Steckel intrudes in time and space. In the late 1950s she made self-portraits of great clarity and directness that seem to emerge from early Netherlandish and German painting of the 15th century. Her montages of the early 1960s rectified or readjusted old photographs and matted them in old-fashioned book endpapers. Her method was not to cut and recombine as in most montages, but to actually alter the image by, for instance, turning a boy into a young Hitler by painting a mustache and bangs on his face (The Beginner) or by giving a fashionably dressed (for the time) woman two heads, one on top of the other (Fashion). The endpaper mattes are not gratuitously decorative but pprovide a context for the images, for instance, the double bird (double eagle) pattern around The Beginner and the feather-like repetitions around Look at the Birdie, which features a winged figure of Death. The patterns are like inescapable integers of history and time. As in the later "Giant Women" montages, Steckel enters here precincts here that are presumably off-limits in terms of how we fool ourselves about meaning, or about life in general.
Out of the "Giant Women" series came another series called The Journey, which originally had 48 8 1/2" by 14" Xerox sheets in a grid and subsequently was reconfigured in 24 sheets for the 1976 feminist exhibition at the Brooklyn Museum. The original work began with the image of the Giant Woman Over New York, and Steckel's nude self-image then "flew" over the Atlantic Ocean and through Europe to the Vatican, where it entered the Sistine Chapel to join Michelangelo's ceiling fresco of The Creation of Adam. In each panel, Steckel moved the paper around in the Xerox machine to blur the images and make her body appear to fly. The effect is strange in that Steckel's figure seems intent on liberating Adam from the grip of his relationship to God the Father and to the decorative and theological scheme of this all-male enclave. The smaller work of 24 panels, which has only the final destination in the Sistine Chapel, is called Creation Revisited.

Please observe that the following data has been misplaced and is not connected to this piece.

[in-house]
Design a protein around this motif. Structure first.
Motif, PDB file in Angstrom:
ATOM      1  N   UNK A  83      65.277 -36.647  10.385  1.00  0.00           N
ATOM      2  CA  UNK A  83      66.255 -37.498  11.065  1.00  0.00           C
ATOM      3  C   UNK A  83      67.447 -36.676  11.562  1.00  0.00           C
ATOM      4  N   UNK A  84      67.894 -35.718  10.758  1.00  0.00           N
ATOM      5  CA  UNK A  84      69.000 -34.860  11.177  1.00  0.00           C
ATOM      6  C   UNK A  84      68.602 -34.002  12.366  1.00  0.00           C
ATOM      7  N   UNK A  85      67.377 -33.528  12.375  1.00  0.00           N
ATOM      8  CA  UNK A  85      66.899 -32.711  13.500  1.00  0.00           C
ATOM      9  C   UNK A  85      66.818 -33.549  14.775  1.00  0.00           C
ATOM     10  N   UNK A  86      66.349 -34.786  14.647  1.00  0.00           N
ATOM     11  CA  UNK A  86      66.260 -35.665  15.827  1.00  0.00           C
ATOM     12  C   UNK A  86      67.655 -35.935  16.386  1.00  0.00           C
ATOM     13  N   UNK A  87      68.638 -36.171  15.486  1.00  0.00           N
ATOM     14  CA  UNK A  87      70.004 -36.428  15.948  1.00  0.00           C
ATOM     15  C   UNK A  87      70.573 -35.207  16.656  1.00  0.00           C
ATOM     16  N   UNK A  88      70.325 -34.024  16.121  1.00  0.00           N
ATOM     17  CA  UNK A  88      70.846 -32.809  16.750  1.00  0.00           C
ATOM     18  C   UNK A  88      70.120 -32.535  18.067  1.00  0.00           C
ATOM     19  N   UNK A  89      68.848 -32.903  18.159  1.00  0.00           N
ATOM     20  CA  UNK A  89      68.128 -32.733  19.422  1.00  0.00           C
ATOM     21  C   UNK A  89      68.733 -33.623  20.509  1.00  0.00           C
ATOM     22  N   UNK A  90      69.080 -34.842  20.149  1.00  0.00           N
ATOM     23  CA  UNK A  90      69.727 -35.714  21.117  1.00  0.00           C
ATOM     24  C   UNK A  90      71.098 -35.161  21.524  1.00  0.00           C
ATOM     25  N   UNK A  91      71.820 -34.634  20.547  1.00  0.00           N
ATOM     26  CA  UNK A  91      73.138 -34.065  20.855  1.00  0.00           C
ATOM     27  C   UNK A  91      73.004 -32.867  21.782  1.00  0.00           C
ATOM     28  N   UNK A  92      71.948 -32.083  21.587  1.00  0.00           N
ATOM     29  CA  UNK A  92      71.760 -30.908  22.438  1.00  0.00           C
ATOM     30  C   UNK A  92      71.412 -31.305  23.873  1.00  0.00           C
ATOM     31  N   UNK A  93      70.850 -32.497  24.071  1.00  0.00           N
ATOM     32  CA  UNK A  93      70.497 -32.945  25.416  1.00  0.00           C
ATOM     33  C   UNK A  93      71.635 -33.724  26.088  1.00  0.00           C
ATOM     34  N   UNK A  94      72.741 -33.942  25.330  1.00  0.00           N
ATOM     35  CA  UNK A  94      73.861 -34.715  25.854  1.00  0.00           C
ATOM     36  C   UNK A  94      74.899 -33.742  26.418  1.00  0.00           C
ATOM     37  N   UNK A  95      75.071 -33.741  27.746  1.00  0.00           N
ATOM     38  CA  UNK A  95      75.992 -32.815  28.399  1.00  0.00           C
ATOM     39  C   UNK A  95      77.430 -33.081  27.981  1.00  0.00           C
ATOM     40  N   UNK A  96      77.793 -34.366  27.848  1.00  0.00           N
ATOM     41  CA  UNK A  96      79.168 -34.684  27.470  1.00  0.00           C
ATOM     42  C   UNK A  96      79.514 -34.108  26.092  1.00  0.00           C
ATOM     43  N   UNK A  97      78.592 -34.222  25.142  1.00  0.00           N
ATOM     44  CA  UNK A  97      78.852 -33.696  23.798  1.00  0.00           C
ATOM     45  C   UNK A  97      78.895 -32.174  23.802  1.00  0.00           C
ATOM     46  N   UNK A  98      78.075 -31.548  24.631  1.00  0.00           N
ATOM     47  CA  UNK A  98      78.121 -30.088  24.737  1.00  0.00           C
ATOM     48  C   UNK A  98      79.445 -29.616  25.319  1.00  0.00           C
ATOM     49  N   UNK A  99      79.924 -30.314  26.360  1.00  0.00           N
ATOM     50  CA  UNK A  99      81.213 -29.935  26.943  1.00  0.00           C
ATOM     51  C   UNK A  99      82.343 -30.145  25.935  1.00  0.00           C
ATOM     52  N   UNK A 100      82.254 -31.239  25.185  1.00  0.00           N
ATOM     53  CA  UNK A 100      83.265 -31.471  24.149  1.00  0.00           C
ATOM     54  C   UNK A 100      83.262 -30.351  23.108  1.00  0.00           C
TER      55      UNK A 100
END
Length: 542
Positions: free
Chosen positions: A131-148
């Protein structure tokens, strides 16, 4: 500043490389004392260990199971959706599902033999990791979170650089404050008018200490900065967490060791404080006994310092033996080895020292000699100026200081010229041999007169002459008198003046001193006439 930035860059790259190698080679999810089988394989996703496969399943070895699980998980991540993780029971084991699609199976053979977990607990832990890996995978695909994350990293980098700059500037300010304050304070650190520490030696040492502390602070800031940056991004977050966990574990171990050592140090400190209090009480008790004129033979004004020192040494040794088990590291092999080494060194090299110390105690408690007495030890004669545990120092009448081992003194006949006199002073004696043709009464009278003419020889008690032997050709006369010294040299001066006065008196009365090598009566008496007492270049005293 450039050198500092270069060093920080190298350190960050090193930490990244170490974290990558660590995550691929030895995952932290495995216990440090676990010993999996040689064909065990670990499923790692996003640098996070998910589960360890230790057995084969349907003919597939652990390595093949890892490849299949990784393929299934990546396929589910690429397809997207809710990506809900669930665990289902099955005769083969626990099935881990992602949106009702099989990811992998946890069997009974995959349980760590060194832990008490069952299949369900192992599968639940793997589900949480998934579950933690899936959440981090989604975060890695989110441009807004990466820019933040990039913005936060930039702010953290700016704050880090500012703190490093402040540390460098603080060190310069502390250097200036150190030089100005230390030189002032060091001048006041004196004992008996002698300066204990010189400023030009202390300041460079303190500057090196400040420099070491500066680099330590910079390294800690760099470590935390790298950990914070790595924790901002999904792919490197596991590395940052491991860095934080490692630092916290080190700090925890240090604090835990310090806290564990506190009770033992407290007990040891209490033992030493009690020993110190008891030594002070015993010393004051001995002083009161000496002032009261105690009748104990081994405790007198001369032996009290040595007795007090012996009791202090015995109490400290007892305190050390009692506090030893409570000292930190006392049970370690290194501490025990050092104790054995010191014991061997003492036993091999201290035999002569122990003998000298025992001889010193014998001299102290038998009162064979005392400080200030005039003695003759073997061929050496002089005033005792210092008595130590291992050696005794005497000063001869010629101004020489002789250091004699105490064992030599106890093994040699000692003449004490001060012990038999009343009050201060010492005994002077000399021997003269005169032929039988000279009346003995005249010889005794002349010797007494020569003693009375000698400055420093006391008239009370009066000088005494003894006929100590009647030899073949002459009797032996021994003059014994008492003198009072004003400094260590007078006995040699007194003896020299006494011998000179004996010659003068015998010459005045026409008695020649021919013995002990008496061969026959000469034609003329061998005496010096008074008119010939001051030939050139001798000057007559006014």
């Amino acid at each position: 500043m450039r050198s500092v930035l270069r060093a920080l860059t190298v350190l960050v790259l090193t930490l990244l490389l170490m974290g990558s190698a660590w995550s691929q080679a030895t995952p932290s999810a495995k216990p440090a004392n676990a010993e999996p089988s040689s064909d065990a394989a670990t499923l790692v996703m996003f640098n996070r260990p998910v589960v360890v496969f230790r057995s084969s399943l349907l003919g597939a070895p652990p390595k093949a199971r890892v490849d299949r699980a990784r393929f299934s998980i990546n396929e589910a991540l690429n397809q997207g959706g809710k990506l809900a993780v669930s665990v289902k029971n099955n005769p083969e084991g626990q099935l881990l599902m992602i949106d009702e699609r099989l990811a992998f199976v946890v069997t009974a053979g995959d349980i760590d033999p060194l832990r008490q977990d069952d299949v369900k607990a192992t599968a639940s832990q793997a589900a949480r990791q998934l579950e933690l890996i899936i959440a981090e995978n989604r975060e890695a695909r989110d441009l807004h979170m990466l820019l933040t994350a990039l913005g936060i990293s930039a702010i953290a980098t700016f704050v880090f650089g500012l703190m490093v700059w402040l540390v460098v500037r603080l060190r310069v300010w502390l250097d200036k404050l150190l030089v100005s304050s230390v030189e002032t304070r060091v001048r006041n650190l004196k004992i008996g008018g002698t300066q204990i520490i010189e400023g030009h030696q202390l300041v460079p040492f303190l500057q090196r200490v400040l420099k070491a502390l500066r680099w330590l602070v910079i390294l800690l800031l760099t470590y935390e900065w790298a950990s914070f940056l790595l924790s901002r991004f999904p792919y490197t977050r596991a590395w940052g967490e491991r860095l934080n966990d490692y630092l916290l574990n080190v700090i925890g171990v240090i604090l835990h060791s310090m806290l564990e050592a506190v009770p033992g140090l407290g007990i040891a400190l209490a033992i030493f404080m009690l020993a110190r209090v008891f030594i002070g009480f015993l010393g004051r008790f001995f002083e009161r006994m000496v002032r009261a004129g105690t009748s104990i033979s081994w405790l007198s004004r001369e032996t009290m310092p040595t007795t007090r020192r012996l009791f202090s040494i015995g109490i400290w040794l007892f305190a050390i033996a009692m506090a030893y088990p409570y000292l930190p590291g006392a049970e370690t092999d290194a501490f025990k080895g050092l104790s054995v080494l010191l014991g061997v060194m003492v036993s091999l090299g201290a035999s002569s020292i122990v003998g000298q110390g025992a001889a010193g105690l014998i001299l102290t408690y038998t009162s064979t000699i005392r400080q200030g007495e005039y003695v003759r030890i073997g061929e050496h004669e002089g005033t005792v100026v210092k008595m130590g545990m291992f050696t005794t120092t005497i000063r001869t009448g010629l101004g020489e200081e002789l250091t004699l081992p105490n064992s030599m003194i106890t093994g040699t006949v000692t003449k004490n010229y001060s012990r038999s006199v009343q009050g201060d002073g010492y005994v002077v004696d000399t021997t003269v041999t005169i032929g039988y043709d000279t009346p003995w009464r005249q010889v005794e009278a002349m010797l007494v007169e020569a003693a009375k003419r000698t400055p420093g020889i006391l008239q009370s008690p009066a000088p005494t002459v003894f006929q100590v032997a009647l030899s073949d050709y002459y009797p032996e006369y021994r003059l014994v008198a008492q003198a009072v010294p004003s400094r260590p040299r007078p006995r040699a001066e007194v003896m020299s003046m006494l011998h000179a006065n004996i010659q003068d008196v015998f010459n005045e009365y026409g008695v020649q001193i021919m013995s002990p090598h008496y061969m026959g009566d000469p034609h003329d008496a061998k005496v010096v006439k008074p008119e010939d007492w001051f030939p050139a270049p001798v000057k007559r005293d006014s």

"The Tribe," a series of photo montages of the late 1980s, takes the artist even farther away, to the Asmat people in the forests of New Guinea. She is there, as she is everywhere, a naked odalisque, a face, but also an artist, not simply an observer, of masks, painted bodies, and handprints that signify the outer reaches of actually knowing. There is a resolution here of some kind between mind and body which becomes even more pronounced in Steckel's "Amagansett Series" of the 1990s, which merges photos of herself and others in double exposures with fields of flowers. This is a reversal of an extraordinary early self-portrait called The Big Rip-up (1964), in which the artist's photographed head and torso are surrounded by and nearly submerged in her drawings of male and female heads and naked bodies. Bright colors spout from her right eye and down her face as though her feelings and sorrow were identified with the brilliant chaos of her art. It is the eye again, the eye through which she (and we) see, and at its center is the crotch of a drawn female body. The colors cascading from this convergence describe almost impossibly small bodies. Nothing is so small that it is not there.
Donald Goddard © 2001
|The exhibition was on viewat Mitchell Algus Gallery, 25 Thompson Street, New York, NY 10013.